When was the last time you’ve noticed yourself being present? How did you feel?
Being present can bring you peace, “for each day has enough trouble of its own”. Staying present makes you aware. You’re able to take note of and delight in the little details you’ve oftentimes missed. You’re also able to take note of how you’re actually feeling. Being present gives you the power to check thoughts and emotions, and engage in preventative measures to be well.
Honest moment: The first time this year I noticed I was fully present was August 10th, 2019 (lol yes, almost a month ago...yikes!). What was I doing? I spent time with friends who came to visit. We talked. We explored the city and we just….were. I spent time sitting on a patio, breathing. I looked at the trees, enjoyed the summer weather and was at peace. I sat out there and quietly prayed….and I listened. I had moments of thinking and when my thoughts wanted to take off, I gently and compassionately brought my thoughts back in and settled back to my resting state. I mean…. I was present okay?! I was present enough to acknowledge the various smells outside and hear various noises and animals. What’s usually background noise became the soundtrack of that moment, bringing tranquility and I was more than okay with that.
Even as we were driving around the city, I had moments when I was on the phone: texting, checking emails and scrolling on Instagram. But I also sat there and looked out the window. I looked at the buildings, and at the mix of beautiful colors as the sun was setting. We drove with the windows down and I stuck my hand out, with the wind smacking against my hand as I childishly tried to grab the air. I know this probably sounds like the scene of some sappy or corny movie you may have watched, but I was present and content. I was able to engage in simple life activities and take delight in them!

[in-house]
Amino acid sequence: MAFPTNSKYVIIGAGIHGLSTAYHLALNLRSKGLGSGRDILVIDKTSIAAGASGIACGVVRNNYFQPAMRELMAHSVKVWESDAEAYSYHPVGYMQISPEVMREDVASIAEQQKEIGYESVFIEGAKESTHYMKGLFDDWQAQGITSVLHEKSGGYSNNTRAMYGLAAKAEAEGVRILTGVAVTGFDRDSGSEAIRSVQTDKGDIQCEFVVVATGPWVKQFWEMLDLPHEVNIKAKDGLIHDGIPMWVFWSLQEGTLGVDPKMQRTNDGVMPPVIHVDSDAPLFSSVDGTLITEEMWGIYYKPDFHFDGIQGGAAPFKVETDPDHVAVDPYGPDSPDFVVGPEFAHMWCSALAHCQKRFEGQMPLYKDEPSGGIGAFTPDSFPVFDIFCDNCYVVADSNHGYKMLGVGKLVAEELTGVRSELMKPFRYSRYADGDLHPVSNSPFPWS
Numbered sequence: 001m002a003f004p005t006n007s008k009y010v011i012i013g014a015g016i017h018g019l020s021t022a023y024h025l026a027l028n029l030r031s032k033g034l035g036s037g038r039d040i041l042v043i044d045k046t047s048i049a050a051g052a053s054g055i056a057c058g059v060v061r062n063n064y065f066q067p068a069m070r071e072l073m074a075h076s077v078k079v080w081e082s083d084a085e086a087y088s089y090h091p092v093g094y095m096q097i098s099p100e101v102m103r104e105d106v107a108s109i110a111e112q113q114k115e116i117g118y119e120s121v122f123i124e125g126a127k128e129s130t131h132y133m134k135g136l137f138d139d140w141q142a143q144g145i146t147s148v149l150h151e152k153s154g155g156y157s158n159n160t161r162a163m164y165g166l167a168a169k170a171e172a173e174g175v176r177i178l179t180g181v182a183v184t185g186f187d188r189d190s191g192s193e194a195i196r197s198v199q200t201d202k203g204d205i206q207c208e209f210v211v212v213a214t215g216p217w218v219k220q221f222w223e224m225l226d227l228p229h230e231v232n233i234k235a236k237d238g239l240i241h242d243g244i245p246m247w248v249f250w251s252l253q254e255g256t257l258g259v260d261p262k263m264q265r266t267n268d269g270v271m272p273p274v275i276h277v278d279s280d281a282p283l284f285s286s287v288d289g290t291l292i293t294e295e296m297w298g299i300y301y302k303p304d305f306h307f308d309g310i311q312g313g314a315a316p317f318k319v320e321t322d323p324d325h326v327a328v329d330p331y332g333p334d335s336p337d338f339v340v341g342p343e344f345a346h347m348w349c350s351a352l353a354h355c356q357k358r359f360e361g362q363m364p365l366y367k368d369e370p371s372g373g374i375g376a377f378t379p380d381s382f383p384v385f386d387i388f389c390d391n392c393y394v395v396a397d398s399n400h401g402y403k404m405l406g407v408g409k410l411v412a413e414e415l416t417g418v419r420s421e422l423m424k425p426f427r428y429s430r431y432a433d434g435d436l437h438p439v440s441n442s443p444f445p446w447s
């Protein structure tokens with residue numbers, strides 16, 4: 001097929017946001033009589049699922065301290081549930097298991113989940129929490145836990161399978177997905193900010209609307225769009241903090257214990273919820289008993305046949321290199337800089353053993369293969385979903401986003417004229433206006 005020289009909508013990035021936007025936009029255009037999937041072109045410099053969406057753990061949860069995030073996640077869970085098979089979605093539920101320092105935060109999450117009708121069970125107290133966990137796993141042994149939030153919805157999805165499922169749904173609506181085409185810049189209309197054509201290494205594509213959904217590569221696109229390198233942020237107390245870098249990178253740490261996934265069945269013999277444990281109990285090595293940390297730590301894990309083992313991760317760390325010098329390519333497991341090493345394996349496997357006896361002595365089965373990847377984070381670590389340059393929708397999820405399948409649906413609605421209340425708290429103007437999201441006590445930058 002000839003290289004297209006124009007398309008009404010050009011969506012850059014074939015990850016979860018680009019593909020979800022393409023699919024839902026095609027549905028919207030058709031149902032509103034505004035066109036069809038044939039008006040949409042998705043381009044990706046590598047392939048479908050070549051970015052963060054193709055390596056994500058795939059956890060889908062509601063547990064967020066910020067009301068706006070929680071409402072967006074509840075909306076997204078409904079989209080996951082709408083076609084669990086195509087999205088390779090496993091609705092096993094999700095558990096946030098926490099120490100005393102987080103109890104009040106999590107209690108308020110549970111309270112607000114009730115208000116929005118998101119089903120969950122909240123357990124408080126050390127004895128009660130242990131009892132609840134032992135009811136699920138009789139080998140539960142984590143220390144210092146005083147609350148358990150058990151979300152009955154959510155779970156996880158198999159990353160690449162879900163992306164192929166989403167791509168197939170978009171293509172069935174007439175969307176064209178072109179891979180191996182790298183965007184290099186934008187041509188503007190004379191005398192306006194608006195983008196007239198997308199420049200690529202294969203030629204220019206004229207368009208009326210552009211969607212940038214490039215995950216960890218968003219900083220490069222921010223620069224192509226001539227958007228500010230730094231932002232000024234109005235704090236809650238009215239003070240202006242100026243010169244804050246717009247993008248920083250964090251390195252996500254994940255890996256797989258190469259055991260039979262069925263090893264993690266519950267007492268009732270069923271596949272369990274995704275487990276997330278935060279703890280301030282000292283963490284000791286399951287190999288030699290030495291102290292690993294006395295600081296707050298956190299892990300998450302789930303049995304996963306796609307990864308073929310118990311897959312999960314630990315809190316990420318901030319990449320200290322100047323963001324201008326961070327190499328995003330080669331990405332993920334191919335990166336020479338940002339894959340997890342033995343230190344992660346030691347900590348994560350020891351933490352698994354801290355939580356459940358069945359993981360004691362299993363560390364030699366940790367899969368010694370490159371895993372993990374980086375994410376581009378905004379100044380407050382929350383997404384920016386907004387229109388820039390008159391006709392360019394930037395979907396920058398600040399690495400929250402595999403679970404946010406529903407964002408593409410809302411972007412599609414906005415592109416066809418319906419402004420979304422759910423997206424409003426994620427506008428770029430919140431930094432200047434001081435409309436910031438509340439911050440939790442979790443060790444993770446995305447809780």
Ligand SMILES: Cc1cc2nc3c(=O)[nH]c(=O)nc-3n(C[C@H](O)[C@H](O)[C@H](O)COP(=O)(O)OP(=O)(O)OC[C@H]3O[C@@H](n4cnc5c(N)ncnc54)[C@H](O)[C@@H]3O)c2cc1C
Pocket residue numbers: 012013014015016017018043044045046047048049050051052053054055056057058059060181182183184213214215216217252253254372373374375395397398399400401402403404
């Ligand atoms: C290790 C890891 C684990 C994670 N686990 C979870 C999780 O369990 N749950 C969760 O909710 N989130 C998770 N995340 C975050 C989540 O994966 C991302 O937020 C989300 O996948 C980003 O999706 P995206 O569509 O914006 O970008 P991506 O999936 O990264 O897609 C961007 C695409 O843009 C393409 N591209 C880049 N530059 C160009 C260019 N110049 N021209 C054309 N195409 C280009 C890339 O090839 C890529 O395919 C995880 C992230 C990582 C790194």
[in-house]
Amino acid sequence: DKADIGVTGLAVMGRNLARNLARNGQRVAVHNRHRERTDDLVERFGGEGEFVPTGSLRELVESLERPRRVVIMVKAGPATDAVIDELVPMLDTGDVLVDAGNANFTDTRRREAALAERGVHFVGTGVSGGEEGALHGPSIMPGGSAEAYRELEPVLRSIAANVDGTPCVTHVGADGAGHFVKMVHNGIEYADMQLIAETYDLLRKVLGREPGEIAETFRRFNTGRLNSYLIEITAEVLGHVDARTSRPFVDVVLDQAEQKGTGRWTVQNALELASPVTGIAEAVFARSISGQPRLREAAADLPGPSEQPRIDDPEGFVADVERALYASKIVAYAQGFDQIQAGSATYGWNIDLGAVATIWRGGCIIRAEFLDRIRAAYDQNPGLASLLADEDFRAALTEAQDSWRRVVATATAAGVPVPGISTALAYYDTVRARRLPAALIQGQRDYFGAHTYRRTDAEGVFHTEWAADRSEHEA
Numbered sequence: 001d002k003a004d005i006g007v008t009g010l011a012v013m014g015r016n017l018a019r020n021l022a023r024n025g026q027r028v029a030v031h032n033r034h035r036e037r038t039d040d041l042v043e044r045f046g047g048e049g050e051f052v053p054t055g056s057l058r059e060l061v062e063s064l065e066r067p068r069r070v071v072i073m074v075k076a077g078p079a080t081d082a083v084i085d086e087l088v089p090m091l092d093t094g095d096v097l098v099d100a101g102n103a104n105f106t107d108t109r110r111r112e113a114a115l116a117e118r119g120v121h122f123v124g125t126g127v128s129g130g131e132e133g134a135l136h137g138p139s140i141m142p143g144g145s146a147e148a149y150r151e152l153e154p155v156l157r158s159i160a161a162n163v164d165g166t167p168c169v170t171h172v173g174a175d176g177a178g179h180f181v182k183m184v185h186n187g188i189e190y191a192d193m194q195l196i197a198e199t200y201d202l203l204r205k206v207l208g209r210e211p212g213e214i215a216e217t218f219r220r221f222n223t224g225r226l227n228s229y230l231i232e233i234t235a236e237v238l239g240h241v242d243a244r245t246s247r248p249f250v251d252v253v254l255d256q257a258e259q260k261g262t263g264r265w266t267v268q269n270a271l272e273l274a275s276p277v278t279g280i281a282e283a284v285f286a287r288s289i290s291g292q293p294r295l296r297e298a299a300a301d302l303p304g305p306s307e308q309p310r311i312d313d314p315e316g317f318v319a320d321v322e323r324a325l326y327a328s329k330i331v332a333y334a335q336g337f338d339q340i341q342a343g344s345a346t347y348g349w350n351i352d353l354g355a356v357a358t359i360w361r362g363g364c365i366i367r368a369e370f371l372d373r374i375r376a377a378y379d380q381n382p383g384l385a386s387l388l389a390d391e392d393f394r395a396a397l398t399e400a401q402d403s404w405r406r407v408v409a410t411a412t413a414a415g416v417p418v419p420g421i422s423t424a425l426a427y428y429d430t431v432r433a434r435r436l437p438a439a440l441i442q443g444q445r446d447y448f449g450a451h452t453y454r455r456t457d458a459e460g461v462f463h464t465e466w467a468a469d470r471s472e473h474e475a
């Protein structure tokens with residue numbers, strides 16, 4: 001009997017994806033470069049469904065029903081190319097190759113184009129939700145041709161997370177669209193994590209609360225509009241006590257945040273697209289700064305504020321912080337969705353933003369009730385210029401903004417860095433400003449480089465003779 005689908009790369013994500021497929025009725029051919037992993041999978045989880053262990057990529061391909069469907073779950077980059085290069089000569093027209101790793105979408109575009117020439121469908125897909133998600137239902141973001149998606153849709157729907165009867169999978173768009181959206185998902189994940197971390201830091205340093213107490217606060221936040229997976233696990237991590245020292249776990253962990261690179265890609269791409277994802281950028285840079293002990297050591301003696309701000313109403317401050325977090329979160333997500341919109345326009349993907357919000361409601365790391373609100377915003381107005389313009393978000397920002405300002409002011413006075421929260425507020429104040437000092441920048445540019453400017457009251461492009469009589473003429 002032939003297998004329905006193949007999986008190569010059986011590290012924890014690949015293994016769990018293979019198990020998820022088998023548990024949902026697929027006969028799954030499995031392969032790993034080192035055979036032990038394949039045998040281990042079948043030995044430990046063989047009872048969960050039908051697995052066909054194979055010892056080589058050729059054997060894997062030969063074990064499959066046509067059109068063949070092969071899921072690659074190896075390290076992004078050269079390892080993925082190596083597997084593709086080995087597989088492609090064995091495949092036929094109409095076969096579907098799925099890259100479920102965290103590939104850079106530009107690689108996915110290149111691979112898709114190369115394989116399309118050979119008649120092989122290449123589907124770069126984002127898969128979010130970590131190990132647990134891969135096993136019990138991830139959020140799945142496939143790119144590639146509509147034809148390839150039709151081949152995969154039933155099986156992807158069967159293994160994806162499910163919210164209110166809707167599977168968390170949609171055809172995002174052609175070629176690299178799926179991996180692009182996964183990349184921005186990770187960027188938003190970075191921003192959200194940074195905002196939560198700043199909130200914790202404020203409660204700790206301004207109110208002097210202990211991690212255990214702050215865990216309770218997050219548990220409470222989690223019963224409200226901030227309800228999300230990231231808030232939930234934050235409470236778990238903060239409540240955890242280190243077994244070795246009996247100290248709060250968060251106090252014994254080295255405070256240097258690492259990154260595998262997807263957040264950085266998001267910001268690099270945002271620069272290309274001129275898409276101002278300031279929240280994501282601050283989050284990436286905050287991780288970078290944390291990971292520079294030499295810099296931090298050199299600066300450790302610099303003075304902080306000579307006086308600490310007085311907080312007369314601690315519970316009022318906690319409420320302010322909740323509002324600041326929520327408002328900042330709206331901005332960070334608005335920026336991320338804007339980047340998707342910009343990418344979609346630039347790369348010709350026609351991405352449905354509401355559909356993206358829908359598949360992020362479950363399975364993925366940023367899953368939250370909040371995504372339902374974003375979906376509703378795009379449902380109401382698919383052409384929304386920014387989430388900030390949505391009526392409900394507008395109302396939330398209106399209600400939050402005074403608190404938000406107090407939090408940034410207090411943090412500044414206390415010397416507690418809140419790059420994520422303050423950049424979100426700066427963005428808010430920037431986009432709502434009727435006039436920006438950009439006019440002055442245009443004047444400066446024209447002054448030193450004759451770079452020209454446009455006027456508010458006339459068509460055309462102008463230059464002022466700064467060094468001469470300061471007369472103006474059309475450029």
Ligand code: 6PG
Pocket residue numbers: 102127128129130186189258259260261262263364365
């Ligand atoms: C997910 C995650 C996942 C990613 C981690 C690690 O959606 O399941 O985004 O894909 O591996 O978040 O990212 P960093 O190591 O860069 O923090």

I wasn’t concerned or even curious about what others were doing that were not in that space with me. I’m amazed just by even recalling this moment. I was present!! Depending on your lot, being present may be more difficult for some than others. When you’re stressing about how that bill is going to get paid or if you’ll have enough food or gas to get you through the week, what I'm proposing may be difficult. If a major life transition is happening, maybe you’re overwhelmed with not knowing how to adjust. You’ve recently made a decision and you’re concerned about the consequences of this action. Maybe you are a caretaker of someone who has a physical or mental health diagnosis and you're constantly concerned with their well-being. I hear you. I validate those experiences, thoughts, and feelings.
I want to encourage you. Finding just a few minutes within your day to stop and be present can make a difference. It may not provide you with a remedy or answer (or it may!) but it’ll put you in a headspace and emotional state that may assist you in handling your lot a little better.
Here are some tips to stay present:
Practice gratitude: what do I have to be grateful for today?
Find time to unplug from technology
Don’t always feel the need to “multi-task”
Go for a walk and observe your surroundings
Fully listen when you are with others
Try this grounding activity. By asking yourself these questions, you may feel more present, centered and at ease:
What are 5 things in this moment I can see? What are 4 things in this moment I can feel? What are 3 things in this moment I can hear? What are 2 things in this moment I can smell? What is 1 thing in this moment I can taste?
If you have more tips that have worked for you, feel free to share them with our community! May you find moments throughout each week and even in each day to be present. You deserve it!
I'm rooting for you, always.
Diamond James, MSW, LCSWA